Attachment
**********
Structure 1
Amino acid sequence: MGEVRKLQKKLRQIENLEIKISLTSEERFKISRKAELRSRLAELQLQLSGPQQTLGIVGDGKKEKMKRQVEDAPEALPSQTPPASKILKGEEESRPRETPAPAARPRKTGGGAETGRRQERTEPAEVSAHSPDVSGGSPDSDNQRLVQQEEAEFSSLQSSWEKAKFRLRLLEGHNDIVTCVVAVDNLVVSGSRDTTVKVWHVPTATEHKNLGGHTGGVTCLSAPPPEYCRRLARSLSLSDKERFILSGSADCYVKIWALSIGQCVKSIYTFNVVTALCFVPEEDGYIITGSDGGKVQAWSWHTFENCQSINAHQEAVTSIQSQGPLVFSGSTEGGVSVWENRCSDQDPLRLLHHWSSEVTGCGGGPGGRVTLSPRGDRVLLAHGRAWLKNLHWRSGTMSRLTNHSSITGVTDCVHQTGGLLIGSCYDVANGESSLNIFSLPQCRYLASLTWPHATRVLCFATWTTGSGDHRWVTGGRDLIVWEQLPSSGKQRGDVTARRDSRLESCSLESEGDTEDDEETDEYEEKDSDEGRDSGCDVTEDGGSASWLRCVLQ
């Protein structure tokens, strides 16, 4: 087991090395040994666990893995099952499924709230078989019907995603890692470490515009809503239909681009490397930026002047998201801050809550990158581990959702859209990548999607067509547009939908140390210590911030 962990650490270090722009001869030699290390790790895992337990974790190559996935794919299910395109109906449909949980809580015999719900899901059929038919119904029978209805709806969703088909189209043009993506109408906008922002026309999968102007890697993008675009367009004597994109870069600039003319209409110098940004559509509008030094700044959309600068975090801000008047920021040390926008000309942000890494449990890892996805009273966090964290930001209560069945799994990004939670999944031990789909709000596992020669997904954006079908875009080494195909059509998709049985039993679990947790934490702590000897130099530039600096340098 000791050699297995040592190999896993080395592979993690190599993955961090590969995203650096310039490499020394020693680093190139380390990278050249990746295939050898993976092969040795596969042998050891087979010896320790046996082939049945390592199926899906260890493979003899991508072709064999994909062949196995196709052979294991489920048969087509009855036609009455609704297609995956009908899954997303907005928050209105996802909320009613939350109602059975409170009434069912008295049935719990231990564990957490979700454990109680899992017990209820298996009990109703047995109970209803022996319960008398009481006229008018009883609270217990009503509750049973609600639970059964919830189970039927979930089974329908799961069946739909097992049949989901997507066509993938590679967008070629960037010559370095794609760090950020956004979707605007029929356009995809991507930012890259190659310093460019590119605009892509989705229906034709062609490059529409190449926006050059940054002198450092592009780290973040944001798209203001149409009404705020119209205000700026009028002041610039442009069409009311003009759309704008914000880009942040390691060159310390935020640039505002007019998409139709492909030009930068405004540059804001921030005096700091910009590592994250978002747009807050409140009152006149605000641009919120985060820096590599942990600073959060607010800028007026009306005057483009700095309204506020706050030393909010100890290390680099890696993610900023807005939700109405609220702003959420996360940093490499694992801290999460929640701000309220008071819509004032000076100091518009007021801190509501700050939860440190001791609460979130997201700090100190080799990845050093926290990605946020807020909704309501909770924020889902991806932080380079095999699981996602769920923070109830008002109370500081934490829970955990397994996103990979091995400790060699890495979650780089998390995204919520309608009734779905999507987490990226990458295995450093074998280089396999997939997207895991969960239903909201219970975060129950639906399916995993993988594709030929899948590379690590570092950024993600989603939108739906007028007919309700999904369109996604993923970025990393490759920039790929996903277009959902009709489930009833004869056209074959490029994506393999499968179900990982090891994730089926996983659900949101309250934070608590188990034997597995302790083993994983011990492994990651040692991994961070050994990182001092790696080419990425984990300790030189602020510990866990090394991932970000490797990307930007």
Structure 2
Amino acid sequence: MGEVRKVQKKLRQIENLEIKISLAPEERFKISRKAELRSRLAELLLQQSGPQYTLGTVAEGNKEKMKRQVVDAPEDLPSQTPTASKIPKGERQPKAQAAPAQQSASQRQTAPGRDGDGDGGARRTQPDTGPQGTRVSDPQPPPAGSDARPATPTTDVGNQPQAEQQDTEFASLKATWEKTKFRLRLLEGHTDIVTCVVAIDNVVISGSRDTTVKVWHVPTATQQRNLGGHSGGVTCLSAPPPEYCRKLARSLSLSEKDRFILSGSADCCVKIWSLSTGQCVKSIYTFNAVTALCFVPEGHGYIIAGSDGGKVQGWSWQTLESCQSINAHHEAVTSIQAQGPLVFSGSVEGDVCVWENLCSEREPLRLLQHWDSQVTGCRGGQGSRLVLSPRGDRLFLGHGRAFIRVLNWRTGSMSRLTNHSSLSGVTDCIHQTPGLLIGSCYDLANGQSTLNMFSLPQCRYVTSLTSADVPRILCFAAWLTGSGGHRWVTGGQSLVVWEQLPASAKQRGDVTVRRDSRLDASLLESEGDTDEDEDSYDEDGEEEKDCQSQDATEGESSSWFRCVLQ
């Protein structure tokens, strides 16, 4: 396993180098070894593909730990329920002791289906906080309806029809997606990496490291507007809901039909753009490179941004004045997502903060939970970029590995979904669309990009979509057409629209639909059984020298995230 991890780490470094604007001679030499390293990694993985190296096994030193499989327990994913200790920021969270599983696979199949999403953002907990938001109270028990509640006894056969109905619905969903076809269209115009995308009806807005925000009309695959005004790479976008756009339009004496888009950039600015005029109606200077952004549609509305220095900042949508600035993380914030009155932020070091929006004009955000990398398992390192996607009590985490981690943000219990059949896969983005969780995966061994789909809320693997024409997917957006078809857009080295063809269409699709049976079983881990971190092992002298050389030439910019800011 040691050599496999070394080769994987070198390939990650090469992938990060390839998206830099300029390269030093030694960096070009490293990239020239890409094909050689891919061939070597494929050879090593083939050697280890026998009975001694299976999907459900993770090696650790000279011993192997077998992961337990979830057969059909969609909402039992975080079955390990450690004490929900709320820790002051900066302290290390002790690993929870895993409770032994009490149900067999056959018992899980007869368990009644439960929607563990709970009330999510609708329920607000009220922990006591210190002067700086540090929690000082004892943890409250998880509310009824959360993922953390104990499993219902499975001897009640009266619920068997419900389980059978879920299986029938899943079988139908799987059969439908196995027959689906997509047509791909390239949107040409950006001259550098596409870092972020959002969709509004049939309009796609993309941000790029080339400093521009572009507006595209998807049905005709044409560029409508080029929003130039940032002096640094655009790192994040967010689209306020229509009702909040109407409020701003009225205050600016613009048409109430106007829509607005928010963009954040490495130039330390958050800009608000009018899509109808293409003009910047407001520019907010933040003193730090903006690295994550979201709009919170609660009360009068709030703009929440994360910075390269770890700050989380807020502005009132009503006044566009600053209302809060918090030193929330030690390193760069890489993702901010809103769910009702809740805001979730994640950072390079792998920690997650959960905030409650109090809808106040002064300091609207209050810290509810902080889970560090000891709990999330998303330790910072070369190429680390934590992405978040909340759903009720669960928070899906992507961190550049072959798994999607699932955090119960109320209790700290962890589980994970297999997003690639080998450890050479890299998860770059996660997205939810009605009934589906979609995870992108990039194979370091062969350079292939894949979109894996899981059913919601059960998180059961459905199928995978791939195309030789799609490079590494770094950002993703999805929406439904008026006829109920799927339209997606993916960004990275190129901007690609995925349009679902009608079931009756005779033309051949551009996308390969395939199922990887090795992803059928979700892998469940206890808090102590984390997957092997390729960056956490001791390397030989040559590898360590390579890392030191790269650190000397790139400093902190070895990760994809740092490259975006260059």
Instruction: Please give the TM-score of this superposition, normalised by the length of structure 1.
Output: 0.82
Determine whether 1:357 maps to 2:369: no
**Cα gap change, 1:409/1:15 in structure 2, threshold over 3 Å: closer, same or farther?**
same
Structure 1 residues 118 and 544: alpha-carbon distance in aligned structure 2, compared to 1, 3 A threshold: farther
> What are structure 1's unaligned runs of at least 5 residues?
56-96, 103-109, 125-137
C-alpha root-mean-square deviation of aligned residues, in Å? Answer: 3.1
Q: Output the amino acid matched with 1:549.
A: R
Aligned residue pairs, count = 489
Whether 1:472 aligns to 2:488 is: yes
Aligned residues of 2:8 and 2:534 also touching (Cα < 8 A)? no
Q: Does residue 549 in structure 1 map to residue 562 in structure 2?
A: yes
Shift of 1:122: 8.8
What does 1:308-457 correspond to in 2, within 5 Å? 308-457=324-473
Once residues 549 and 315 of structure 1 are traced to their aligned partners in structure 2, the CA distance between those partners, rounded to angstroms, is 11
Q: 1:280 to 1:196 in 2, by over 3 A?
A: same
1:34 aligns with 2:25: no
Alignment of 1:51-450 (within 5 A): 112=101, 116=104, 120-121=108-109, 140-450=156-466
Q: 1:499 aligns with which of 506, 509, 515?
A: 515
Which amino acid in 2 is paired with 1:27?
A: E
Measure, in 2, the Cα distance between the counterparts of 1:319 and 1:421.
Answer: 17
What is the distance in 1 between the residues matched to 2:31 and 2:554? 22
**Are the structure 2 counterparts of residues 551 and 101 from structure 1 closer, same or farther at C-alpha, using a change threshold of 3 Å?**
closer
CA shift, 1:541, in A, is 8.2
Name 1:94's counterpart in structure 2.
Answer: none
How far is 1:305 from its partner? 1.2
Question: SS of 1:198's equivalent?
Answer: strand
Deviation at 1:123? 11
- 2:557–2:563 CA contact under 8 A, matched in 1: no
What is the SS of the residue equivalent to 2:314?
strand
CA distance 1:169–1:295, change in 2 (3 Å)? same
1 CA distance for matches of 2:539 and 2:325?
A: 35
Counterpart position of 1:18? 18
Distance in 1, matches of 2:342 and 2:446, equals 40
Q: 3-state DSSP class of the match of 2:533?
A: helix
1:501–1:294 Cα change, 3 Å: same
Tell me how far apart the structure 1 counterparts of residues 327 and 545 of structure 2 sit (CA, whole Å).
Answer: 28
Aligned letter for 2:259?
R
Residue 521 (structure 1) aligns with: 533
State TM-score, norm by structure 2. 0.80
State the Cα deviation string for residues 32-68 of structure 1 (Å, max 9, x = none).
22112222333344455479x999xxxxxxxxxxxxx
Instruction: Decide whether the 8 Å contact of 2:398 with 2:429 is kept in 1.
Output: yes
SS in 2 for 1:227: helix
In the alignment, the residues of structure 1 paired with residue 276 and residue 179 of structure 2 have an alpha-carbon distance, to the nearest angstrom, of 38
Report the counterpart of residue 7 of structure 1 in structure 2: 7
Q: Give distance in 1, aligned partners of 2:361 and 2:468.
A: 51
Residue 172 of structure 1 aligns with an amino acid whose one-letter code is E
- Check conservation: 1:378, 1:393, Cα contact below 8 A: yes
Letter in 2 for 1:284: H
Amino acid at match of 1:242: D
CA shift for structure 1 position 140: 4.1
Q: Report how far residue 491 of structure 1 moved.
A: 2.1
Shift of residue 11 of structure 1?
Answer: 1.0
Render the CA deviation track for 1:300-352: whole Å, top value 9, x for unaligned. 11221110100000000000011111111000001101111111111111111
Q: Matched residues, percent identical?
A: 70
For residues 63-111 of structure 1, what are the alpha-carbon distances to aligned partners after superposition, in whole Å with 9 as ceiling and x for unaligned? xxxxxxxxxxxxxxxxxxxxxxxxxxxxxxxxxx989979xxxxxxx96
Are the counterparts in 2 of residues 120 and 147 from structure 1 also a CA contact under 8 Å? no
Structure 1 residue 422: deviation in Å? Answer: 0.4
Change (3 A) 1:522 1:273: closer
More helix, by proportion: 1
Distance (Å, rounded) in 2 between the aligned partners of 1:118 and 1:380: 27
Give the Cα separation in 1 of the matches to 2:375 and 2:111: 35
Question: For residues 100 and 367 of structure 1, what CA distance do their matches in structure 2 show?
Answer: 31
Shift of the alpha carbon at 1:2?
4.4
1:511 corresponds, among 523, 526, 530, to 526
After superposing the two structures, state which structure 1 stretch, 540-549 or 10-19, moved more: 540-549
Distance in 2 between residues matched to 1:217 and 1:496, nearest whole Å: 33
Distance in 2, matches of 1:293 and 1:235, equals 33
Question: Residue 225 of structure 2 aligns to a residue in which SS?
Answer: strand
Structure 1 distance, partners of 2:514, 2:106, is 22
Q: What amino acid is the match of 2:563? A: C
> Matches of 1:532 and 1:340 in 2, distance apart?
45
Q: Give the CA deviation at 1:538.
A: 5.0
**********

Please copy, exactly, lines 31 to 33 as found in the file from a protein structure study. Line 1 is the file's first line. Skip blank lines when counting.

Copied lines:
A: 515
Which amino acid in 2 is paired with 1:27?
A: E